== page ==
Leonardo da Vinci may have had ADHD

In a new study, researchers suggest that the great artist Leonardo da Vinci may have had Attention Deficit and Hyperactivity Disorder (ADHD).

This may explain why he struggled to complete his works.

The researchers also suggest that ADHD may be a factor in Leonardo’s creativity and achievements across the arts and sciences.

The study was conducted by King’s College London researchers.

ADHD is a behavioral disorder. One big sign is continuous procrastination, the inability to complete tasks.

ADHD patients often have mind-wandering and restlessness of the body and mind. Recently, ADHD has been diagnosed more among people with successful careers.

Previous research has shown that Leonardo da Vinci left lots of works unfinished. He spent too much time planning projects but could not finish them.

In addition, Leonardo da Vinci’s difficulties started in childhood. He also slept very little and worked continuously night and day with rapid cycles of short naps and time awake.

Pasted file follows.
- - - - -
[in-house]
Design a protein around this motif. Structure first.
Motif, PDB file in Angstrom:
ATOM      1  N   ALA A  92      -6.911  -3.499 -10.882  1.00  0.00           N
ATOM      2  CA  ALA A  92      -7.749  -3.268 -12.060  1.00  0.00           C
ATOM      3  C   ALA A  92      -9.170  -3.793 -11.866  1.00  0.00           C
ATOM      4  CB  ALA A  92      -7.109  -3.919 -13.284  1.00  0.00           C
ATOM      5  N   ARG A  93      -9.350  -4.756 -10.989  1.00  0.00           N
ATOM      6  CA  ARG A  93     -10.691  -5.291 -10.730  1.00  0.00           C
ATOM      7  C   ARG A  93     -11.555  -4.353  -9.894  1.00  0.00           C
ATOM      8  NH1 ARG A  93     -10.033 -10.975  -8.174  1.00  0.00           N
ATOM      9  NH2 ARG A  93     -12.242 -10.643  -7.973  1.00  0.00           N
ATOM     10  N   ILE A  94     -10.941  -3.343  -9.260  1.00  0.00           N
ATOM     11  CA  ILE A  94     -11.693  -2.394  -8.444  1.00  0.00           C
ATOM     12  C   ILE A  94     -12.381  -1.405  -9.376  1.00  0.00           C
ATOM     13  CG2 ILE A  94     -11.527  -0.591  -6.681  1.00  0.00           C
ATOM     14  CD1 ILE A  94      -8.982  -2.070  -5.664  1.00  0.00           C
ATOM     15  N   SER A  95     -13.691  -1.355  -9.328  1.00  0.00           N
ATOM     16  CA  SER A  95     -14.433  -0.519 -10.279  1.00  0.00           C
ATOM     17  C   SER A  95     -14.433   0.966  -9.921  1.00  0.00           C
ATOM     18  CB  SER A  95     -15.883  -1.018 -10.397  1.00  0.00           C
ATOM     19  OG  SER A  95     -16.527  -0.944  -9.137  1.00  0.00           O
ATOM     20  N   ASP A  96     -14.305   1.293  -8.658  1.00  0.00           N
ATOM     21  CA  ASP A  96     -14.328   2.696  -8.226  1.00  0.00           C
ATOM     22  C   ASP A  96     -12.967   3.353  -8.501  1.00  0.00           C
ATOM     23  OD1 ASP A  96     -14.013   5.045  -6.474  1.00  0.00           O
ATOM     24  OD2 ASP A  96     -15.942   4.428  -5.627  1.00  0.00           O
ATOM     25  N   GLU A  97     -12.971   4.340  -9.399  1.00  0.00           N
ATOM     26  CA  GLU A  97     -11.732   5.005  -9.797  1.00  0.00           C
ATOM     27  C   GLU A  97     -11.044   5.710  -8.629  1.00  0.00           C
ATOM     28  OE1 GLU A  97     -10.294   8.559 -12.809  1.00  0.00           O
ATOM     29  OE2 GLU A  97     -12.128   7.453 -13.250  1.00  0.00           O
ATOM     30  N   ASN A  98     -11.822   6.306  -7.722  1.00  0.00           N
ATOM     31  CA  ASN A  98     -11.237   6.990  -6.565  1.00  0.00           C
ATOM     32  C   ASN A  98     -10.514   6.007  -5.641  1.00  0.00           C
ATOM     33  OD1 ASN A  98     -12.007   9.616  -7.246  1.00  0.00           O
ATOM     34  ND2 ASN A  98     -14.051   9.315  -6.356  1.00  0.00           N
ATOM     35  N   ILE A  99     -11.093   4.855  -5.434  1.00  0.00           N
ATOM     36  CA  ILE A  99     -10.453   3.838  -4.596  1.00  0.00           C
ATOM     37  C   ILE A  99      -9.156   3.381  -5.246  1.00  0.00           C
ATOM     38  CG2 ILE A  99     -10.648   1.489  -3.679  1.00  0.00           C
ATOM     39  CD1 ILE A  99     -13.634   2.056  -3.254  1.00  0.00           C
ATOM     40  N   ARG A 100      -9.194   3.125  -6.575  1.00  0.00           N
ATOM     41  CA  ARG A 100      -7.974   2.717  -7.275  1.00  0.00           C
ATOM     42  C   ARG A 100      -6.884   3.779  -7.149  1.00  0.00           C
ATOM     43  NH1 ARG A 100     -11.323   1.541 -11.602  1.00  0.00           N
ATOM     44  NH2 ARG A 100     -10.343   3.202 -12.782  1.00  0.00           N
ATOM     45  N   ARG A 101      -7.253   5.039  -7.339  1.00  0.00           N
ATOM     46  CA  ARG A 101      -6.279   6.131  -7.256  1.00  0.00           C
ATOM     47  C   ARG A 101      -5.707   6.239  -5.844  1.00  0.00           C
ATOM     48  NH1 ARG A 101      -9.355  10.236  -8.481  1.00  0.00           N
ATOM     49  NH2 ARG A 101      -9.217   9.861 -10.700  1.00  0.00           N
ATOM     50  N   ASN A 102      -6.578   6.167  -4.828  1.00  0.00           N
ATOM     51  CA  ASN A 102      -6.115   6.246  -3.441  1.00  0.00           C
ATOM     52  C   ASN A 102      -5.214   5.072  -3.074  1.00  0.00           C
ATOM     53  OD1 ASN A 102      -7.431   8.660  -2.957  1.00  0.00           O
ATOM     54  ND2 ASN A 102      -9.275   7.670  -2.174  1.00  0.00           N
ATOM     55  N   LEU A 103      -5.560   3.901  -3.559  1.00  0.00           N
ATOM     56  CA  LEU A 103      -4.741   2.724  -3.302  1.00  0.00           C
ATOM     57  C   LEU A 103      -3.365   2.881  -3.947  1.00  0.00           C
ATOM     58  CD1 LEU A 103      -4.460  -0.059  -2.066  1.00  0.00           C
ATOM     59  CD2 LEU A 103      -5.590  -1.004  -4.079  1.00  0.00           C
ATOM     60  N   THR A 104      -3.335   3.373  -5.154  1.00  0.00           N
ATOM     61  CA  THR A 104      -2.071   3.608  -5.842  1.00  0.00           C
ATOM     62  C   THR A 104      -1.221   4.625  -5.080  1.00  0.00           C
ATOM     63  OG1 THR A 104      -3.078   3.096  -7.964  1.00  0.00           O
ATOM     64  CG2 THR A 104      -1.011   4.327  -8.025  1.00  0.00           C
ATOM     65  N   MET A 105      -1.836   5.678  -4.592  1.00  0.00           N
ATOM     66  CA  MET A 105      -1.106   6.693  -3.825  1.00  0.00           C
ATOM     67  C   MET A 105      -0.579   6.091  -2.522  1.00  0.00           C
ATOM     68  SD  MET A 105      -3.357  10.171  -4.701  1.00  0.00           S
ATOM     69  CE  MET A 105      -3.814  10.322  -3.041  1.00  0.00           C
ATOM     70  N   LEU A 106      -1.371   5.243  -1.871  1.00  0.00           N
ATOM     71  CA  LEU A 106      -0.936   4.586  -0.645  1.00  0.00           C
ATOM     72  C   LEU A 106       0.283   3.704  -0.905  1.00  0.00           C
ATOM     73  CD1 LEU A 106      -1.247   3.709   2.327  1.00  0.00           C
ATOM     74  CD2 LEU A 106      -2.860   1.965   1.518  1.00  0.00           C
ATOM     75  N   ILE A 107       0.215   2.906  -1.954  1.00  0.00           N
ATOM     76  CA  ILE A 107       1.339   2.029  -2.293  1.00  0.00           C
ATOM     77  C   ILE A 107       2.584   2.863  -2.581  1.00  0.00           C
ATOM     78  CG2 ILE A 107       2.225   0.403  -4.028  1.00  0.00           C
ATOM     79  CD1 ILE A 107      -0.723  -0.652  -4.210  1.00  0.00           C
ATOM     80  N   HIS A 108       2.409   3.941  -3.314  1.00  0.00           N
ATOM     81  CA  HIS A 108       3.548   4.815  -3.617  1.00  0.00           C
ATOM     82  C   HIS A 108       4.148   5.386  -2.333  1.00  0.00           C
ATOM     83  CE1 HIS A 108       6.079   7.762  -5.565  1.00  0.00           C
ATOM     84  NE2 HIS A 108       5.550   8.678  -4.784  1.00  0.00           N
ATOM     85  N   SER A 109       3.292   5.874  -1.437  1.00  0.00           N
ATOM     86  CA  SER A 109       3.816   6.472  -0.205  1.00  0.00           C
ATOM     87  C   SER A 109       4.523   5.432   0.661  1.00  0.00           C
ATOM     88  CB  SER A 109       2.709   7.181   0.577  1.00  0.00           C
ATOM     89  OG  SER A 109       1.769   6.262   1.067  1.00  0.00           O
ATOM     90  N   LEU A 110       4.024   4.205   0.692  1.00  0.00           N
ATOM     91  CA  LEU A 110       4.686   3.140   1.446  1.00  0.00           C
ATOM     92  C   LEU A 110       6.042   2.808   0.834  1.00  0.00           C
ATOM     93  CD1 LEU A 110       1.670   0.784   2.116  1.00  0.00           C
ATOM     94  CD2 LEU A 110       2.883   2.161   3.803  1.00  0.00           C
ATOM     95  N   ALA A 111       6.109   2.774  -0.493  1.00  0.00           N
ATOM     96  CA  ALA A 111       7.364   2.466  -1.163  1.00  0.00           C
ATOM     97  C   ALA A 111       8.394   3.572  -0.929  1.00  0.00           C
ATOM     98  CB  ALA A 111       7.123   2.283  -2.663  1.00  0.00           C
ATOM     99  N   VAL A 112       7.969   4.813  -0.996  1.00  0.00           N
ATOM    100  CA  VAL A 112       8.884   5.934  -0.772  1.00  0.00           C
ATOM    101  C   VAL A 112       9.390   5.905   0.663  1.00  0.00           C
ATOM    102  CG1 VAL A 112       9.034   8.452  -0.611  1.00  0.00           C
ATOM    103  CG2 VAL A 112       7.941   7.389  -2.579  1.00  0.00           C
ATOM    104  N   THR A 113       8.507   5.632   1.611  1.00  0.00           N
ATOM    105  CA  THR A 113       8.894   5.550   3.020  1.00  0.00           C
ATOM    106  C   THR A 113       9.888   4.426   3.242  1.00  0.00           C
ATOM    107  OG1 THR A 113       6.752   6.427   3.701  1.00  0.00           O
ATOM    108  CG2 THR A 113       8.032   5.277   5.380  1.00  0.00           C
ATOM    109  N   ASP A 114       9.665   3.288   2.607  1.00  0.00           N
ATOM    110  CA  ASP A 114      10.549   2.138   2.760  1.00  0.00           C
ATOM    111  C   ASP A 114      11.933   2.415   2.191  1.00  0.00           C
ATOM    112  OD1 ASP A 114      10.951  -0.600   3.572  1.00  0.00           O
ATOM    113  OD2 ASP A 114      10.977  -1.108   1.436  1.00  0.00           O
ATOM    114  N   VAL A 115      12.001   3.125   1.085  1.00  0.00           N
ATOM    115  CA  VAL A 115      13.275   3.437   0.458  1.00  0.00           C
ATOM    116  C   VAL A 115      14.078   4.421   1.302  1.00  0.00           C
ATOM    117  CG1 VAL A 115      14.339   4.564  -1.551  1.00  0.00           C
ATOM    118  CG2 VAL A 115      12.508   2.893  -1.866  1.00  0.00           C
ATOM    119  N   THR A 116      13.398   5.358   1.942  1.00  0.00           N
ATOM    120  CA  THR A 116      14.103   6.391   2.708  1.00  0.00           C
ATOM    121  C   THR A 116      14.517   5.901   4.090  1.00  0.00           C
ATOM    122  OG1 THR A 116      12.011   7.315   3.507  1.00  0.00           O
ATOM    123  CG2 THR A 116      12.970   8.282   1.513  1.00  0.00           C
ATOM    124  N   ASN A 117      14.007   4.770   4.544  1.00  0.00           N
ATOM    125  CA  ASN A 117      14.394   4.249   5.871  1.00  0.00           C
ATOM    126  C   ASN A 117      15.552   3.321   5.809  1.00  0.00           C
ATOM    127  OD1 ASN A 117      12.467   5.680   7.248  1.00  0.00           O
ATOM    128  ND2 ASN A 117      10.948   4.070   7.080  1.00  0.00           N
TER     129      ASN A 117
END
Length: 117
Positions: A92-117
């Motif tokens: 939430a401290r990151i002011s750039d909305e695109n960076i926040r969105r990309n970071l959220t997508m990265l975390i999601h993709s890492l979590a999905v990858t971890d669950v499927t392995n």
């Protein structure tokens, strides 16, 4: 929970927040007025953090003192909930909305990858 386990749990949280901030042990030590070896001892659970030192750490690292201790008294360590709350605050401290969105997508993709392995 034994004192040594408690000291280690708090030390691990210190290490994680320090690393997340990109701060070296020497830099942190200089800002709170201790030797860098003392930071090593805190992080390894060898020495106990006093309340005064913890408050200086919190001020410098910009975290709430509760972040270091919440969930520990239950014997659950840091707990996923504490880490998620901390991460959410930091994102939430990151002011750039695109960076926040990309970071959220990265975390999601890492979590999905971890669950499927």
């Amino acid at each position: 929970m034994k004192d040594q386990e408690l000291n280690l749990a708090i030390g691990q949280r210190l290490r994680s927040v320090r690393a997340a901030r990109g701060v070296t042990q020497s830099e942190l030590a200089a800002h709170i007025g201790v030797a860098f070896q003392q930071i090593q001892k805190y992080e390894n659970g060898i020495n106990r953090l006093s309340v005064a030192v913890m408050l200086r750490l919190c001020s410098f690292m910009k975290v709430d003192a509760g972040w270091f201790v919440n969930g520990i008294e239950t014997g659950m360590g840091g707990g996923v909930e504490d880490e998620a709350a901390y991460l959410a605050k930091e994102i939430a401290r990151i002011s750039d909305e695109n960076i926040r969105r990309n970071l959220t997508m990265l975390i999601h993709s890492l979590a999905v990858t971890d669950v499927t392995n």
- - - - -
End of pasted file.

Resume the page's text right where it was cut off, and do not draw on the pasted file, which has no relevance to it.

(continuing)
Other research has shown that Leonardo’s brain was different compared to other people.

He was left-handed and likely to be both dyslexic and have dominance for language in the right-hand side of his brain.

All of the signs are common in ADHD.

Based on the evidence, the team suggests that ADHD may be the most convincing and scientifically plausible hypothesis to explain Leonardo’s difficulty in finishing his works.

They suggest that ADHD may bring benefits, such as a strong curiosity and creativity. However, the same traits can distract patients when their interest shifts to something else.

The researchers suggest that most children with ADHD can be bright and intuitive but later develop anxiety and depression for having failed to achieve their potential.

It is interesting that Leonardo also considered himself as someone who had failed in life.

The team hopes that Leonardo’s legacy can help people change the stigma around ADHD.

The study is published in the journal Brain.

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